"Dark Afternoon" was composed in the late 1990's. The tune was originally called Nails as it represents Jesus' dark afternoon on the cross. The composition was part of a musical Passion Play that I performed on a few occasions for Easter and Lent. An early recording of this song was released in 2002 on a short-run CD called Foreshadows. Only a few copies of that CD were ever made, so if you happen to own one, treasure it. It's very rare.

"Echo Canyon" is the newest piece on this collection, written just a week before I went into the studio to record this album. I was noodling around on the piano and my son walked in and said "I really like that... what is it?" I told him I was just messing around. Five minutes later my daughter walked in and said the exact same thing. At that point, I decided to try recording the song. The key to this composition working at all are the dynamics. They add a sense of mystery, power and purpose. To me, it feels like walking in a very ancient, remote place. Thus, the title.

"Stargazing" takes me back to a late night road trip across the Utah desert with my family. The night sky was as clear as I'd ever seen it, so I pulled off the highway onto a secluded road and woke up the kids. We all got out of the car and marveled at the starry, starry sky.

I started writing "Eclipse" around 2006. I was showing the chord progression to my friend (and fellow pianist) Joe Bongiorno when he joined me at the piano and began improvising a melody over the top of what I was playing. That melody stuck with me... and changed the tune forever. It left me with two variations of the song; my "original" version and a "four hand" version (as played with Joe.) In the end, I combined the two versions, arranging the piece so that it could be played with just two hands (otherwise, how could I ever play it?) This hybrid is the result.

Finally, I was asked to play "Morning Has Broken" for a wedding and worked up this rendition. While I've never been partial to this particular song, I sure enjoy playing this arrangement. It's got a little edge to it. A fitting finale for the album, I think.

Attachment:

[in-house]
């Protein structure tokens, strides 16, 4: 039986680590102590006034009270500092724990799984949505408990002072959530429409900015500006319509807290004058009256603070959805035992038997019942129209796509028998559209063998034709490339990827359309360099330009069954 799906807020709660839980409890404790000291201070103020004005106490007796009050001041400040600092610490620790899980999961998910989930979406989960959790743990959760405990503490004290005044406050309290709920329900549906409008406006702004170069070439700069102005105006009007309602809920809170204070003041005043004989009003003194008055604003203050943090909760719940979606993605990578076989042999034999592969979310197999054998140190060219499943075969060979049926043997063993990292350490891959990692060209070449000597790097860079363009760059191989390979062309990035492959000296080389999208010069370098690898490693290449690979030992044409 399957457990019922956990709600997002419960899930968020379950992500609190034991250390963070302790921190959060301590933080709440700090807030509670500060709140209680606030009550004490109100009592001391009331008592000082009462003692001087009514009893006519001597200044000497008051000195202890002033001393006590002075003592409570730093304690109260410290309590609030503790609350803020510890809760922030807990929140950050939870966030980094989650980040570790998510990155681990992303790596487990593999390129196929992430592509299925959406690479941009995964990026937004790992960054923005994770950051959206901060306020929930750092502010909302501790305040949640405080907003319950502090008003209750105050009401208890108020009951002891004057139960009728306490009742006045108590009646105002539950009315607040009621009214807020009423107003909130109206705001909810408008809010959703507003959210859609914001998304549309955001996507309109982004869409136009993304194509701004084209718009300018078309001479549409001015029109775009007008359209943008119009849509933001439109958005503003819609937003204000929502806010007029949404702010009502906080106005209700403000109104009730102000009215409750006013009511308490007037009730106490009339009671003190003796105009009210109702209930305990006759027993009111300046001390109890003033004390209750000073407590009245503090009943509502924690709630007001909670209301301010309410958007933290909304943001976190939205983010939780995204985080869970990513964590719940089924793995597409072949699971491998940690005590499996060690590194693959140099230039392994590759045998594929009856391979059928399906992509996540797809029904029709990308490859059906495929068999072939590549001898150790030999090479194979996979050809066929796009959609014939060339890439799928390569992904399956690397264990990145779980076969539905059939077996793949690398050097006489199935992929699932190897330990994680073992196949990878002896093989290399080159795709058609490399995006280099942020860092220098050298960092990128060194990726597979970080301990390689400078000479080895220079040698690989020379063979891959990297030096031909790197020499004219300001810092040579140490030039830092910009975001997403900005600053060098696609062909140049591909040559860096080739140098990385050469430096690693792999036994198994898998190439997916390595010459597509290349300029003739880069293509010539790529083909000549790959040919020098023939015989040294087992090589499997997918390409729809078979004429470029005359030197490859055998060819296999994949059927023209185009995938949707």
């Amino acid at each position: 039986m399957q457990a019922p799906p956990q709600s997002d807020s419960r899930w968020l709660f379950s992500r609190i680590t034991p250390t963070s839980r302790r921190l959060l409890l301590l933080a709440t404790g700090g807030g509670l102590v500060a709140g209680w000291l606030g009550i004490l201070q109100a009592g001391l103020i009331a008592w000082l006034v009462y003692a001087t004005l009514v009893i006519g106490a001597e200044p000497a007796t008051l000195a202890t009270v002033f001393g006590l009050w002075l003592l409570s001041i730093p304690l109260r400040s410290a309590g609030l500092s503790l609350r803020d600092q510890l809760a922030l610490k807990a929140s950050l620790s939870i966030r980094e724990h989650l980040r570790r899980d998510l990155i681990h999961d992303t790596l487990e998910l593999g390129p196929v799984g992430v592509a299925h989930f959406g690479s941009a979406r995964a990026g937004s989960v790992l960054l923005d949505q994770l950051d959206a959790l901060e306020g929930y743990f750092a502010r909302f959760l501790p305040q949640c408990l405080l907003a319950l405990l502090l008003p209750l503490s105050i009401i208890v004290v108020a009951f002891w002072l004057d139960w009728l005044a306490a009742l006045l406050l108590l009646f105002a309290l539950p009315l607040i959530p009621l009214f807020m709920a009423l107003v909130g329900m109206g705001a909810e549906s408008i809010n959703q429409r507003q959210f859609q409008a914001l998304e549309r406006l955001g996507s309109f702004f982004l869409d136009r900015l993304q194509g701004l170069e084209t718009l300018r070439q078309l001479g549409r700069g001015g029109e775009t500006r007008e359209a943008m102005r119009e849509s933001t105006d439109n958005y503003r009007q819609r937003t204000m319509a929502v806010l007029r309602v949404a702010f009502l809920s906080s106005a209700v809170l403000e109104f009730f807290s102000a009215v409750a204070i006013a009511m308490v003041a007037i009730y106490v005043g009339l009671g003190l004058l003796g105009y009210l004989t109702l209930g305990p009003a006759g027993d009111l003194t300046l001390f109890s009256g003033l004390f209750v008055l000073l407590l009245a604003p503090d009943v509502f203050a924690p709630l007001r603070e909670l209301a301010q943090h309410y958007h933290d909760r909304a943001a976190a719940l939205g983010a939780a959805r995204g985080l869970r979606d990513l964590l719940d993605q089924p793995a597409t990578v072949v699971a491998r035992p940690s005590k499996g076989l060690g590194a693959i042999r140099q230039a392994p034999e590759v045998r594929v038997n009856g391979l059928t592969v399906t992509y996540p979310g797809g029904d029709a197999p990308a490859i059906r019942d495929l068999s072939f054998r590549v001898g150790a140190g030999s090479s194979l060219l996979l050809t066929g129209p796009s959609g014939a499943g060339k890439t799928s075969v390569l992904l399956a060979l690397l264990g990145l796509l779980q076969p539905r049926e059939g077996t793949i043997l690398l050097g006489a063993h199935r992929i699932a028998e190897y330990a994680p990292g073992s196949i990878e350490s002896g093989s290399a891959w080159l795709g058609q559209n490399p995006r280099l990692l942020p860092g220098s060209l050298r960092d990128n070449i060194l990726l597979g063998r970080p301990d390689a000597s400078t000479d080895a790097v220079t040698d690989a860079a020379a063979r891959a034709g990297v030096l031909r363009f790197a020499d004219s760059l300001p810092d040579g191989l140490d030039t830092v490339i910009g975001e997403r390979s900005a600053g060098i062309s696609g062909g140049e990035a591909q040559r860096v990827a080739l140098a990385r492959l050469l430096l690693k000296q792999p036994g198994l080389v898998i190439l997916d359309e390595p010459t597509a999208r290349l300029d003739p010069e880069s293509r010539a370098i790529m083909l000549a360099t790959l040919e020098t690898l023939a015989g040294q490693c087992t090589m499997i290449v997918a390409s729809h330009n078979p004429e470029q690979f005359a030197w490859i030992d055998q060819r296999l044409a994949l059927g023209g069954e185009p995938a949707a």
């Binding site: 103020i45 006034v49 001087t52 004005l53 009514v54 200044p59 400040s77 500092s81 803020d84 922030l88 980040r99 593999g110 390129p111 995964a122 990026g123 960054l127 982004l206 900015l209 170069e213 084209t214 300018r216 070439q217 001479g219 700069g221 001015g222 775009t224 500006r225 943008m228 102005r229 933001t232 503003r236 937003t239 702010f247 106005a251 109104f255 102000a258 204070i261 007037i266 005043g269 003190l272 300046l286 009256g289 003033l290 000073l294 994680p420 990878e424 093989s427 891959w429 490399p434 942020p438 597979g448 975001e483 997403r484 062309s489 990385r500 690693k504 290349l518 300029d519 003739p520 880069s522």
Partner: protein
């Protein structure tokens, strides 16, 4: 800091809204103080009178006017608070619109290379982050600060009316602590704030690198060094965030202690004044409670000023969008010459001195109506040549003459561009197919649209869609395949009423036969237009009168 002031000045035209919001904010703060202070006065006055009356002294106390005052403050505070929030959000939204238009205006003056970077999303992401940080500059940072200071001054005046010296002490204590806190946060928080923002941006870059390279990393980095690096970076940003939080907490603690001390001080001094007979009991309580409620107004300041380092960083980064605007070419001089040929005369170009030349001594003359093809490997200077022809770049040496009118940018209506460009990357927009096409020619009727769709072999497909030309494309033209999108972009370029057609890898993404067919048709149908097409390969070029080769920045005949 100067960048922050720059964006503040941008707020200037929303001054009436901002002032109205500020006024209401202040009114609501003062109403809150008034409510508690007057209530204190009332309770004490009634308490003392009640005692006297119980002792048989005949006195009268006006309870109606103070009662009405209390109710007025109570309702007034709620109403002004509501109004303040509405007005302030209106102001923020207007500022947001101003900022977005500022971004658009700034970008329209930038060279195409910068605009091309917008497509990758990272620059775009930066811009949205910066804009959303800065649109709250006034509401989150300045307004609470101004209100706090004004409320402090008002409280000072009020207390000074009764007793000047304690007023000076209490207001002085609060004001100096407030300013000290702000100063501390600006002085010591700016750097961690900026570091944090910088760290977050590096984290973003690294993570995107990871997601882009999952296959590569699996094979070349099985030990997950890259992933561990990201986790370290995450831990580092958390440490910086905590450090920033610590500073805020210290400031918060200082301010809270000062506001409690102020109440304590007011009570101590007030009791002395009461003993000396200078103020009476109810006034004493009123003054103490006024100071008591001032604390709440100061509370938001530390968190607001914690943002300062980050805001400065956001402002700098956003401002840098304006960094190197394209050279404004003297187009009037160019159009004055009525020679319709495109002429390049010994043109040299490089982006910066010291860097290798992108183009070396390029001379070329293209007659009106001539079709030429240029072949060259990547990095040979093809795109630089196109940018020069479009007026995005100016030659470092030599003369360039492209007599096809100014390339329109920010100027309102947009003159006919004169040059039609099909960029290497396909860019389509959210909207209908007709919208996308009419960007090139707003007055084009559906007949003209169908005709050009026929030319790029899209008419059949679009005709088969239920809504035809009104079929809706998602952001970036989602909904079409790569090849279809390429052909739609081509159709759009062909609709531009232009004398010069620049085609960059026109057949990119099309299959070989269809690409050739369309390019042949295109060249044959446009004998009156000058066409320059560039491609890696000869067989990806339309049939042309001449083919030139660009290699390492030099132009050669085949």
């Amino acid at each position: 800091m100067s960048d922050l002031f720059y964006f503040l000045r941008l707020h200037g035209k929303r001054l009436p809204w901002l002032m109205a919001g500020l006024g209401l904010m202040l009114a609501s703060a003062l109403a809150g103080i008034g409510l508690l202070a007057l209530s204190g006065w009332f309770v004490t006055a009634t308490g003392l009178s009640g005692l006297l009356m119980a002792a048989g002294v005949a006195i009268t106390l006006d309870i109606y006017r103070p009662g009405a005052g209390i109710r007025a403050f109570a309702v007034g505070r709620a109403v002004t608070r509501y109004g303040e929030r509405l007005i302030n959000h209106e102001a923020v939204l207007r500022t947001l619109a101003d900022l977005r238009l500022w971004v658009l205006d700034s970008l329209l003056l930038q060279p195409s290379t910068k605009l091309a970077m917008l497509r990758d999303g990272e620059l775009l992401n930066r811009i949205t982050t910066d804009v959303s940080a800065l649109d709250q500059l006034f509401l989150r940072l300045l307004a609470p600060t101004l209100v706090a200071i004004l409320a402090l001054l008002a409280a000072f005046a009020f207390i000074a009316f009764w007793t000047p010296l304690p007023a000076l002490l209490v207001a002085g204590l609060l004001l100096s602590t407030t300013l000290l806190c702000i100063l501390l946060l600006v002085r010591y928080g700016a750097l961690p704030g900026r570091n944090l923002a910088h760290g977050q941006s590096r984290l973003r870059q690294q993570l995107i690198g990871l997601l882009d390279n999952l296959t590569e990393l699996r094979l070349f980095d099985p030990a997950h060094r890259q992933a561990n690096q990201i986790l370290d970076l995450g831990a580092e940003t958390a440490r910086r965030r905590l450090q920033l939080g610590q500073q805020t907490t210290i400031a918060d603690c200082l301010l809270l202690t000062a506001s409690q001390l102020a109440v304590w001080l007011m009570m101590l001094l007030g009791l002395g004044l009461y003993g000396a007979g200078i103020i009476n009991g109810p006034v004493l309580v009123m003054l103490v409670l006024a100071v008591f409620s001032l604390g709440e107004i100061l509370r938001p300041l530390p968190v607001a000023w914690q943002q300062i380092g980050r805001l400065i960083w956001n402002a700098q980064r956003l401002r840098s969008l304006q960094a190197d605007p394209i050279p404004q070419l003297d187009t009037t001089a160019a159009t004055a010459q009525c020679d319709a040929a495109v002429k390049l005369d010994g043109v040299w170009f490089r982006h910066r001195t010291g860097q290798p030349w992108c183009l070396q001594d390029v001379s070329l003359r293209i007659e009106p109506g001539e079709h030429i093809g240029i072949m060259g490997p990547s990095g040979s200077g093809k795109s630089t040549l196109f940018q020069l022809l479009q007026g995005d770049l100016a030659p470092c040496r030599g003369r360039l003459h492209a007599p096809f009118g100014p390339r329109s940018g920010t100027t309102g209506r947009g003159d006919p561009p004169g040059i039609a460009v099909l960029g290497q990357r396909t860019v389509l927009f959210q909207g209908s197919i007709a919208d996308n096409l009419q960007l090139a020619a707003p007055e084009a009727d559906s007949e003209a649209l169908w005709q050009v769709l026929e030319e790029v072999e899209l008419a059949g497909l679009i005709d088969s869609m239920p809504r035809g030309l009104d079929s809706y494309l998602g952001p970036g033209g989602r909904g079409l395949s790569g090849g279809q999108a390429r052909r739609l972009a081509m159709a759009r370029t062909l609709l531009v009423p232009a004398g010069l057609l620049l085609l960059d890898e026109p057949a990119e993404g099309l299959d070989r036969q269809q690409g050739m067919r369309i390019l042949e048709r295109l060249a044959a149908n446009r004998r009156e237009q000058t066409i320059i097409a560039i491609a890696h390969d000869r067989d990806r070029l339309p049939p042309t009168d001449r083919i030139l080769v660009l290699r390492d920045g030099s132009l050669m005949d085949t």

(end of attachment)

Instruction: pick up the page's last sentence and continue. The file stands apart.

That sums it up. I really hope you enjoy this collection. It's been a long, long labor of love.

- David Nevue, April 2013.



to write a review

Mark Rindom Moore

Great work!
David Nevue has led the new age piano movement, and this album is one of his best, and very worth it. All his albums are excellent, way above the norm.

Michael Diamond (www.michaeldiamondmusic.com)

Review excerpt from Music and Media Focus
For a pianist, having your music compared to the likes of George Winston, David Lanz, or Jim Brickman, can be a lot to live up to. For David Nevue, however, that accolade is not without merit. I’ve known of his music for years and have had the pleasure of writing about his previous release, “A Delicate Joy.” Now, in 2013, David has recently released his “Open Sky” album, which he sees as one of his most diverse yet, including thirteen original compositions plus arrangements of "Scarborough Fair," "The Water is Wide," "For the Beauty of the Earth" and "Morning Has Broken.” The first song on the album is the title track, which has a wonderful sense of lightheartedness and openness that drew me right in from the start. I liked the way David’s left hand anchored the song with a repeating pattern while the right hand deftly explored the melodic terrain. This was an excellent choice for an opening track.

I loved the lightness and luminosity of a song called “The Sound of Sunshine,” which David refers to as “a celebration of those "wide awake moments" when you feel truly alive, almost as if you were somehow standing a little closer to heaven.” Its not surprising that there is an air of spirituality that comes through in David’s music, being the person of deep and abiding faith that he is. While David sometimes reveals his abilities with brilliant and intricate compositions, his talent is also reflected in songs like “Butterfly Dance,” whose brilliance lies in its simplicity and understatement. Another track, which I liked very much, was “Distant Thunder.” What stood out to me about this one was the way that David emphasized the space between the notes and phrases, as much as the notes themselves, evoking the distance referenced in the song’s title. In the expanding galaxy of solo piano artists, the combination of technique, feeling, and vision that David Nevue brings to his music illuminates him as one of the shining stars of the genre.

To read a full-length review of this CD, as well as others, please visit: www.michaeldiamondmusic.com

Serge Kozlovsky

Writings by Serge Kozlovsky / http://sergekozlovsky.com
Through sounds of the music
Feel Universe vibrations

What is the music of David Nevue like? I can compare it with the soaring butterfly that is fluttering from one flower to another because his piano melodies are filled with such a beauty and freedom. Each of the tunes of “Open Sky” easily flows into another, forming an integral play of joy and creativity. And at the same time each tune is very particular with its own mood and character.